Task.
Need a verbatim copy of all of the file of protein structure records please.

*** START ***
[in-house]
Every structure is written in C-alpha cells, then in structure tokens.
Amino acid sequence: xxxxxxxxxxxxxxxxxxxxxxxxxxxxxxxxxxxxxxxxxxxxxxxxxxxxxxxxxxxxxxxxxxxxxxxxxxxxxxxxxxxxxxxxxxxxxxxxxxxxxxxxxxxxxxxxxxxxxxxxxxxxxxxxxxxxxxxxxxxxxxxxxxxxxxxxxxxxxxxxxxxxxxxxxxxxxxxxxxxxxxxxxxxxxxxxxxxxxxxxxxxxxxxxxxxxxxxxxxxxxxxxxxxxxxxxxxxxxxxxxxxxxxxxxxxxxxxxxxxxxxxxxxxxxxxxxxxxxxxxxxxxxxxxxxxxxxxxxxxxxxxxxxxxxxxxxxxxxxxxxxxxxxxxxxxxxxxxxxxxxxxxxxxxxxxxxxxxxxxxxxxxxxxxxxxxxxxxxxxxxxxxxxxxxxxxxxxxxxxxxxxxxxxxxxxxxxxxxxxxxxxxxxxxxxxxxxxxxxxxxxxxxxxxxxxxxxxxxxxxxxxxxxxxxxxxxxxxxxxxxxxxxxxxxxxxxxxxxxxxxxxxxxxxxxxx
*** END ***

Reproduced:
[in-house]
Every structure is written in C-alpha cells, then in structure tokens.
Amino acid sequence: xxxxxxxxxxxxxxxxxxxxxxxxxxxxxxxxxxxxxxxxxxxxxxxxxxxxxxxxxxxxxxxxxxxxxxxxxxxxxxxxxxxxxxxxxxxxxxxxxxxxxxxxxxxxxxxxxxxxxxxxxxxxxxxxxxxxxxxxxxxxxxxxxxxxxxxxxxxxxxxxxxxxxxxxxxxxxxxxxxxxxxxxxxxxxxxxxxxxxxxxxxxxxxxxxxxxxxxxxxxxxxxxxxxxxxxxxxxxxxxxxxxxxxxxxxxxxxxxxxxxxxxxxxxxxxxxxxxxxxxxxxxxxxxxxxxxxxxxxxxxxxxxxxxxxxxxxxxxxxxxxxxxxxxxxxxxxxxxxxxxxxxxxxxxxxxxxxxxxxxxxxxxxxxxxxxxxxxxxxxxxxxxxxxxxxxxxxxxxxxxxxxxxxxxxxxxxxxxxxxxxxxxxxxxxxxxxxxxxxxxxxxxxxxxxxxxxxxxxxxxxxxxxxxxxxxxxxxxxxxxxxxxxxxxxxxxxxxxxxxxxxxxxxxxxxxx